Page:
Here is link to WeatherTech

7.  INSTALLED WINDOW FILM ON SOME BED CAP WINDOWS:

We installed this film early on after purchasing our truck.  We used household window privacy film purchased at Lowes.  It was very easy to use and install.  We have found that since the side slide windows have built in screens- we have not been able to install it there as the screening is unable to be removed easily.  We thought this was going to be an issue  however, now that we have put in our big black totes (with yellow tops from Lowes/Home Depot) they essentially block any views in from these side windows.   What you see is black tote side- so hence not really an issue anymore.  To date we have only covered the two odd sized large side windows in film for privacy when/if we sleep in the bed overnight or to provide some security of goods we have in the back.  We have NOT covered the back window yet because we still keep some totes out of the bed and can use the rear view mirror in cab to view rear when not hitched up.  Once we go full time and the back truck bed is fully loaded we may also install a limo film over all the windows. 

Link to Lowes- the actual film we used.  There are many other great design options available. Just be aware some are more transparent than others which may not give you the privacy you may want. 

Note- even though this is sold as household window film we have had excellent results using it in our truck bed cap.  It has held up well, no fading, peeling or failure due to swings in weather temperatures, etc.

8. TST Brand, Model 507- TIRE PRESSURE MONITORING SYSTEM

Another key safety factor (has saved our butts twice in just the last 2 yrs) is getting a Tire Pressure Monitoring System.  We have installed the monitors on BOTH our Truck AND our Avion Travel Trailer.  Some only install on their trailer.  In our opinion that is insufficient, as evidence by,  on a trip out to Indiana from upstate NY we got a signal our rear passenger side truck tire was losing air.  As it turns out, the valve stem had gone bad.  It was 9 PM at night and luckily we were on an interstate highway that had a large truck stop and the shop is open essentially 24/7 to assist truckers.  We limped in before our tire became too flat to travel-thanks to the TPMS warning!  It was fixed in less than 15 minutes and we were on our way.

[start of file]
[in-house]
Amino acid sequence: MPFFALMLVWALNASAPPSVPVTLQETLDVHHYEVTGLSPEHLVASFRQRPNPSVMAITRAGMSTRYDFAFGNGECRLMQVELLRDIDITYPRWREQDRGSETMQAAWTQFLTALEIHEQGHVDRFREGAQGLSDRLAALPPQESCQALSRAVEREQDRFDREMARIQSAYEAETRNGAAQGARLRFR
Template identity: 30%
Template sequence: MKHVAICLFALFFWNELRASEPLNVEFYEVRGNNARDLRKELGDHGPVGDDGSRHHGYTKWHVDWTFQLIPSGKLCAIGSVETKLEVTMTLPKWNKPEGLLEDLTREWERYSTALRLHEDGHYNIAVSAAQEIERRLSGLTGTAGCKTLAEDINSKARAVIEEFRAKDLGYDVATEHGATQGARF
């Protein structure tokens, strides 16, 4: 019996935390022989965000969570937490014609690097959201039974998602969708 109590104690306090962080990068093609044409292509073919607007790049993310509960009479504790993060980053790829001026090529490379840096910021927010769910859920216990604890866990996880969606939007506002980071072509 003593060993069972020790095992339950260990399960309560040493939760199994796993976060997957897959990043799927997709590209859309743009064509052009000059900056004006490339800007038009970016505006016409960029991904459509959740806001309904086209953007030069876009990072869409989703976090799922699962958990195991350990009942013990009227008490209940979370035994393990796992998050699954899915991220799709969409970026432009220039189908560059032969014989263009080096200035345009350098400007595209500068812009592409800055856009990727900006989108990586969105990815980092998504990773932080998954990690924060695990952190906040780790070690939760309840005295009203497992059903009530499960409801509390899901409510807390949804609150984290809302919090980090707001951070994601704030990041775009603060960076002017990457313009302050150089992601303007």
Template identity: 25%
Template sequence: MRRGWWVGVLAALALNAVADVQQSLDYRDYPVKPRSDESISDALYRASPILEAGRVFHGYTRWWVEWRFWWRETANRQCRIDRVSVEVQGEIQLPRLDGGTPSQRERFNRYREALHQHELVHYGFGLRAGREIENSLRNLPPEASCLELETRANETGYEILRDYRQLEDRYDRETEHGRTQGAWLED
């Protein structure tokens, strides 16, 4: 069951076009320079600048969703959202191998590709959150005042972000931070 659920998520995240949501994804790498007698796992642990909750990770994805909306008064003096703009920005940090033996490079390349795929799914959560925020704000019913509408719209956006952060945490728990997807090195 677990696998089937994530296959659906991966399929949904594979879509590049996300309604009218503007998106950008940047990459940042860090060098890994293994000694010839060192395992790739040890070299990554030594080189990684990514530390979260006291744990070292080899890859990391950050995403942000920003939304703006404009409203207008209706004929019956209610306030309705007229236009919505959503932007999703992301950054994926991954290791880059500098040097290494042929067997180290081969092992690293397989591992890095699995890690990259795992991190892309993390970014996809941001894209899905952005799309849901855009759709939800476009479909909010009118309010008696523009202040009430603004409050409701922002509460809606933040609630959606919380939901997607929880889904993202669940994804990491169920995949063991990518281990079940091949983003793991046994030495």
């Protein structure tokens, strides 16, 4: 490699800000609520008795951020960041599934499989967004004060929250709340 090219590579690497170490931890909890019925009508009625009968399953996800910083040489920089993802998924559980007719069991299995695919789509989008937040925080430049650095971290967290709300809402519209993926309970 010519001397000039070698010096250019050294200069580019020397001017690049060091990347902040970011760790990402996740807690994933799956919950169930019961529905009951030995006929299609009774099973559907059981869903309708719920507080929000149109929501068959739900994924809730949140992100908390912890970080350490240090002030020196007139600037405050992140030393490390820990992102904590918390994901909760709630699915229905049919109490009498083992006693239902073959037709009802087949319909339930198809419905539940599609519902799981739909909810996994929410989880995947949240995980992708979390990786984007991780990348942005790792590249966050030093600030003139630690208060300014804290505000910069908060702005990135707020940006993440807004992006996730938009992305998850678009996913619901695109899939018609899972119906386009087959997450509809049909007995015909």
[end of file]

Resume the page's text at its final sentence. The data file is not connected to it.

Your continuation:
Here is a great vendor (TechnoRV)  that we have purchased other equipment from. The link below is a current model, similar to what we have but with some improved features:

LINK to TST Tire Pressure Monitoring System 

Note- When we purchase new tires (we do at least every 5 yrs regardless of miles or condition) we will then order a new, current model TPMS system and we will be purchasing the type of sensors that are “internal sensors” that are mounted inside the rims, then the new tires are mounted and balanced-making the sensors less susceptible to weather conditions, with more longevity and less maintenance.

VERY IMPORTANT NOTE: If you purchase the type of sensors that mount on the tire valve stems–Due to the extra weight that the actual screw on monitors make onto valve stems it is HIGHLY RECOMMENDED that you switch out stock valve stems(rubber/plastic which even over time crack and degrade due to weather, sun, salt, etc.) with metal valve stems.  It is not a big deal but will greatly enhance the longevity of the system all around.

Presently, we remove our sensors after every camping season and store in our house since we store our trailer over the winter months.  We replace with new batteries in each sensor at least every other year to ensure they are fresh and sufficiently charged.  The monitor sensors come with a little locking clip that is used when they are put on and removed- this prevents theft for the most part.  Our system is about 4 years old now and we may replace with a newer bluetooth wireless type before going full time- but ours is working fine.  We have run the wire cable in the cab of our truck and Kevin prefers to keep it on his side of the dash when driving- I am responsible for the GPS and monitoring road grades, etc.  on my side of the dash. 

*You can also opt to have the sensors actually installed inside your tires if preferred.  Currently, we like having the option to take them off in winter months when trailer is not in use for right now but may do the internal application once we go full time.  Afterall, you should be replacing your tires every 5 years anyway.

9.  GARMIN GPS SYSTEM ( OR OTHER GPS SYSTEMS)